Recent neuroimaging studies have indicated a predominant role of the anterior prefrontal cortex (aPFC) in deception and moral cognition, yet the functional contribution of the aPFC to deceptive behavior remains unknown. We hypothesized that modulating the excitability of the aPFC by transcranial direct current stimulation (tDCS) could reveal its functional contribution in generating deceitful responses. Forty-four healthy volunteers participated in a thief role-play in which they were supposed to steal money and then to attend an interrogation with the Guilty Knowledge Test. During the interrogation, participants received cathodal, anodal, or sham tDCS. Remarkably, inhibition of the aPFC by cathodal tDCS did not lead to an impairment of deceptive behavior but rather to a significant improvement. This effect manifested in faster reaction times in telling lies, but not in telling the truth, a decrease in sympathetic skin-conductance response and feelings of guilt while deceiving the interrogator and a significantly higher lying quotient reflecting skillful lying. Increasing the excitability of the aPFC by anodal tDCS did not affect deceptive behavior, confirming the specificity of the stimulation polarity. These findings give causal support to recent correlative data obtained by functional magnetic resonance imaging studies indicating a pivotal role of the aPFC in deception.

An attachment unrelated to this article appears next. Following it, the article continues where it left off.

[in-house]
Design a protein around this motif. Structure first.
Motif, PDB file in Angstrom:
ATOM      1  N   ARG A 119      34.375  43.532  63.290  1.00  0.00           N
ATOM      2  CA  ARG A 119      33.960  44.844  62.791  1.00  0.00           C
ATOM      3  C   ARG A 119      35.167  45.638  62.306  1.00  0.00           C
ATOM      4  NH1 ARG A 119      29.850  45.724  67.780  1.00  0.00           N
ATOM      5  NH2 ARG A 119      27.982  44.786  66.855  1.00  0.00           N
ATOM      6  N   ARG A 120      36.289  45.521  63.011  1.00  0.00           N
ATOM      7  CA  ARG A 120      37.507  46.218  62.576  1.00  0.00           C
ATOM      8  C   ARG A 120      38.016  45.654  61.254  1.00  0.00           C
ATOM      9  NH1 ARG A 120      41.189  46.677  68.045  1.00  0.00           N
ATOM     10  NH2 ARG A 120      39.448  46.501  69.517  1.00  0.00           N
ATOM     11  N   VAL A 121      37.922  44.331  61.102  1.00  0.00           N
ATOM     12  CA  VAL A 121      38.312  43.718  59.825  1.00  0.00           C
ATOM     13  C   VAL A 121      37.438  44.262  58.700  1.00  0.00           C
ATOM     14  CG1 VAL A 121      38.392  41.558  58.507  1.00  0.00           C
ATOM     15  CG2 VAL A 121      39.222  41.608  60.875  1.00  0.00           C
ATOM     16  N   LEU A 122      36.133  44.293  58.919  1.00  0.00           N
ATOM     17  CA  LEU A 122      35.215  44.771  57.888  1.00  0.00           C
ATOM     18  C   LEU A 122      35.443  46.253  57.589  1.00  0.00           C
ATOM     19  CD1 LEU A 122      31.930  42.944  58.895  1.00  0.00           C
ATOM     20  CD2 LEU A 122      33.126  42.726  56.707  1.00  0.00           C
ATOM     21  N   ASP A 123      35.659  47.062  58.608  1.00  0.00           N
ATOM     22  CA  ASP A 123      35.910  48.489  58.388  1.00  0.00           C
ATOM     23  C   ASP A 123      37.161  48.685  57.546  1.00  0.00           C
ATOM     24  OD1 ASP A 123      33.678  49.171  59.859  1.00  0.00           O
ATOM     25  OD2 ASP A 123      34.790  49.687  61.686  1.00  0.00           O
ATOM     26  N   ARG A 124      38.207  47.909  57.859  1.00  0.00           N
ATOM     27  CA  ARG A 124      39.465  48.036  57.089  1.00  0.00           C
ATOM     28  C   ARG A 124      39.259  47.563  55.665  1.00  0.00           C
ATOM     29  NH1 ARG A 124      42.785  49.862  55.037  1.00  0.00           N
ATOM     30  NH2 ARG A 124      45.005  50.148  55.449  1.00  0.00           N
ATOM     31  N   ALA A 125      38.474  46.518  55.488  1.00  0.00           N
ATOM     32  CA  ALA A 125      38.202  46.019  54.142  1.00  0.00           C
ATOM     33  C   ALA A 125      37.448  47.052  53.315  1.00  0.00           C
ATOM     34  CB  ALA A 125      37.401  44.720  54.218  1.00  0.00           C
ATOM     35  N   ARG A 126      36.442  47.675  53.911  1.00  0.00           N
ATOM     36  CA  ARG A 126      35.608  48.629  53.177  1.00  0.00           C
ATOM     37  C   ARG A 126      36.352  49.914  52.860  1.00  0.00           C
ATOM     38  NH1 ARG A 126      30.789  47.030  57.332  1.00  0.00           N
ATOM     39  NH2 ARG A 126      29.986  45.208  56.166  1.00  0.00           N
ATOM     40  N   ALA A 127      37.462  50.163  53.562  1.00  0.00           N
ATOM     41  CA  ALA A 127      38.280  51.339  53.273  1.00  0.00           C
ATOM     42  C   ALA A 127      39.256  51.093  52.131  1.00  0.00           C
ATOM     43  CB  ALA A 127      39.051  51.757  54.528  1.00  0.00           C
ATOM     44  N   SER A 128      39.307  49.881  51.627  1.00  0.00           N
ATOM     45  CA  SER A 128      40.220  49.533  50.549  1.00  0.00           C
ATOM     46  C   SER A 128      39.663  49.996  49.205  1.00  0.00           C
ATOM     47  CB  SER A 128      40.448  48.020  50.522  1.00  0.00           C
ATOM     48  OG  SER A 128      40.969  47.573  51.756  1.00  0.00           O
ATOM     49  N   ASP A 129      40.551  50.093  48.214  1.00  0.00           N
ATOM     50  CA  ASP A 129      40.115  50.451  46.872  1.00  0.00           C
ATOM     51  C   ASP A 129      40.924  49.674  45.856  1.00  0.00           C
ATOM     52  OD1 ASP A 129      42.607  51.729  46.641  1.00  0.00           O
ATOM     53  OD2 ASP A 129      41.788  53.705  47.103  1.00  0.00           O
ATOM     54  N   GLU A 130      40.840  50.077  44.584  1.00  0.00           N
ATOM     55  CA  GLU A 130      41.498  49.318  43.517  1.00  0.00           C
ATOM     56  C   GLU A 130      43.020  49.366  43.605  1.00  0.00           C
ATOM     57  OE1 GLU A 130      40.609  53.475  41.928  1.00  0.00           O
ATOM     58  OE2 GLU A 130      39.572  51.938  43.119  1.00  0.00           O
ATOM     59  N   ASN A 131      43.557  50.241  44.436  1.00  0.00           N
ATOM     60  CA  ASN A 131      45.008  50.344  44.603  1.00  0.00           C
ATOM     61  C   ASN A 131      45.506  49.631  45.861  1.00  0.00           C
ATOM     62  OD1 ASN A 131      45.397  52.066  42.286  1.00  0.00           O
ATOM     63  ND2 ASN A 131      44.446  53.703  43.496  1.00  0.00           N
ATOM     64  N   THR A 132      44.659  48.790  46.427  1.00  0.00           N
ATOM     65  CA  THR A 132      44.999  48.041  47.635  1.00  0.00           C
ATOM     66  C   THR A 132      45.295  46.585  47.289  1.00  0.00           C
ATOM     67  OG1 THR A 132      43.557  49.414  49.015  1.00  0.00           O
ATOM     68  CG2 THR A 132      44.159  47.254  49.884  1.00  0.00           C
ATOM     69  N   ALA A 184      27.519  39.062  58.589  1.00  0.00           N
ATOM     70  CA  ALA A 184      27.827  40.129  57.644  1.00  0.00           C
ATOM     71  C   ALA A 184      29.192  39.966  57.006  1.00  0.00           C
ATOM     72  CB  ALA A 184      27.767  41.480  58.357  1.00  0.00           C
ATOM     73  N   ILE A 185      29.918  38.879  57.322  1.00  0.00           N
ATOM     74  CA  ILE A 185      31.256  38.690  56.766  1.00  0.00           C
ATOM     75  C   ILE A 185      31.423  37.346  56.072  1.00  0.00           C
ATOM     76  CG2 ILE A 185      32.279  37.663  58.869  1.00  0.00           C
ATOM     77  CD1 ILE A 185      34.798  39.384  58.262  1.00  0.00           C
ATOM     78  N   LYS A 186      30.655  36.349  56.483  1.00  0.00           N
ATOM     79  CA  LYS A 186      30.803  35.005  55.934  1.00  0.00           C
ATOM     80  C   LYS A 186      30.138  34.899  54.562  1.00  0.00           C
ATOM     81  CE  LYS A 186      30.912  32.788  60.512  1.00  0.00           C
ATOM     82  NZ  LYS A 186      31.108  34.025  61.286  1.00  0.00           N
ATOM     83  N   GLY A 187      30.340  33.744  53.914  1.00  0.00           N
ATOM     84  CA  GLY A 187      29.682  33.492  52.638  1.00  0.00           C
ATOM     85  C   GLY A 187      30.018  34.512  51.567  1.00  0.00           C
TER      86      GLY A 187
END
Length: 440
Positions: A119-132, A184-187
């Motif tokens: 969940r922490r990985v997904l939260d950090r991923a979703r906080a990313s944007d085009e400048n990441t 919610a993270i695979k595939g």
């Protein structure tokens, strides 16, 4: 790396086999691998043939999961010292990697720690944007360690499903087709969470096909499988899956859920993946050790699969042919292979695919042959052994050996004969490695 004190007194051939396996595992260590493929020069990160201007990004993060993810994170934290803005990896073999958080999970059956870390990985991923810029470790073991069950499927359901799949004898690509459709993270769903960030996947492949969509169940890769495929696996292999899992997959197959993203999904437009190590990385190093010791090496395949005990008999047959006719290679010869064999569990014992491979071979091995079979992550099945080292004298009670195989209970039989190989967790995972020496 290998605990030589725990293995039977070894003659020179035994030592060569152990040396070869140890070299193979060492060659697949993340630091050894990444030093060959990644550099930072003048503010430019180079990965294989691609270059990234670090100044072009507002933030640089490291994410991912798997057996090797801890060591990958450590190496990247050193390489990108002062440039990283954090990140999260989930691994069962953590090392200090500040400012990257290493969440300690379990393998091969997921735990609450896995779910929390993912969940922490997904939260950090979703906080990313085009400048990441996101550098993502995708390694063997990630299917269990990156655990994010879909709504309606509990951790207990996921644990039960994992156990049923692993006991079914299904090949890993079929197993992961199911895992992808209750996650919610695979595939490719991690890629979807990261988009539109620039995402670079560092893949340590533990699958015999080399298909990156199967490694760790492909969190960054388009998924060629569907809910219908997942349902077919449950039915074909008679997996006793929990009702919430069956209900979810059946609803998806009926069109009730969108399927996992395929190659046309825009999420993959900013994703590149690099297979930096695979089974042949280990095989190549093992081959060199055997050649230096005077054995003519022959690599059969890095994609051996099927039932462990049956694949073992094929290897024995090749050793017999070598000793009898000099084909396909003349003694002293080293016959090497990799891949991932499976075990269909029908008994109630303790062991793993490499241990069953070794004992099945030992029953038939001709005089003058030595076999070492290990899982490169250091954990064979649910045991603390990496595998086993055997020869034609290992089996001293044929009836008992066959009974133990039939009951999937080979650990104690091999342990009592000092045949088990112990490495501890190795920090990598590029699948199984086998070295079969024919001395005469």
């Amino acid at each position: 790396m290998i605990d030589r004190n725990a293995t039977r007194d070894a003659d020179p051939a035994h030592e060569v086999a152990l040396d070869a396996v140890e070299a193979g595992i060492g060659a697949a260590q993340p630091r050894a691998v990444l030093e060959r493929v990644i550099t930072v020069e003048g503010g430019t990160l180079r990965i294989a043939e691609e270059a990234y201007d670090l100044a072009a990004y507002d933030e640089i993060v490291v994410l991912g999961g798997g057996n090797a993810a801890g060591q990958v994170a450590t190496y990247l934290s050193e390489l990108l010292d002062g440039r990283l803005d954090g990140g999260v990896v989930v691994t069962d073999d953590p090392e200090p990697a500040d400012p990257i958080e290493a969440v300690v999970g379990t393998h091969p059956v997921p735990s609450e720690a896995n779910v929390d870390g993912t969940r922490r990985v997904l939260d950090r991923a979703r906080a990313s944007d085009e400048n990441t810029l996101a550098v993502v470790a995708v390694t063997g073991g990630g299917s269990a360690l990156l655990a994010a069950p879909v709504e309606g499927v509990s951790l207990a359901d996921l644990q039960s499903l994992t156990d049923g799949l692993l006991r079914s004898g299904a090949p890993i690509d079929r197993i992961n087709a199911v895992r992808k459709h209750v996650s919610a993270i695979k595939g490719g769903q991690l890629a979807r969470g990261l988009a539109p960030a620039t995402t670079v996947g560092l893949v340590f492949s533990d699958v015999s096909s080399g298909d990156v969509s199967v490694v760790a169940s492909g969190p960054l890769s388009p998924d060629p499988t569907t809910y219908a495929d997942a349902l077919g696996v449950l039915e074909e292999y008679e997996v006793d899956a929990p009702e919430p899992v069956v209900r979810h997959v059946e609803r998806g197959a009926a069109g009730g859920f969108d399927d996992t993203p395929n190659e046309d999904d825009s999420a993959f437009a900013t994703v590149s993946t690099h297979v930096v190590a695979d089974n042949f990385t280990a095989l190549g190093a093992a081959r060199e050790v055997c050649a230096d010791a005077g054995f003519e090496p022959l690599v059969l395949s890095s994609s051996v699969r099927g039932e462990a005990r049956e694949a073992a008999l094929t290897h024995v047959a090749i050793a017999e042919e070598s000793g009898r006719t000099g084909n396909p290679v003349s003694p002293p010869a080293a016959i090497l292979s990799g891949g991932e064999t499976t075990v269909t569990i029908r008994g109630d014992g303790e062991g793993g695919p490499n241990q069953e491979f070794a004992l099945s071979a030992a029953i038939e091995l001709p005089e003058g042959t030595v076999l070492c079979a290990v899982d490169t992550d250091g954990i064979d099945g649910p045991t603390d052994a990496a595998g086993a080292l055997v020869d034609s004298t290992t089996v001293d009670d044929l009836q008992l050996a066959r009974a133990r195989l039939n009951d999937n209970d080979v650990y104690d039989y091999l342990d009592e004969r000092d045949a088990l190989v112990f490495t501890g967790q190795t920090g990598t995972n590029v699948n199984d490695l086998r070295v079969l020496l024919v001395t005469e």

Monday, December 21, 2009
How to lie more skillfully
Just apply transcranial direct current stimulation (tDCS) to your anterior prefrontal cortex (aPFC). From Karim et al: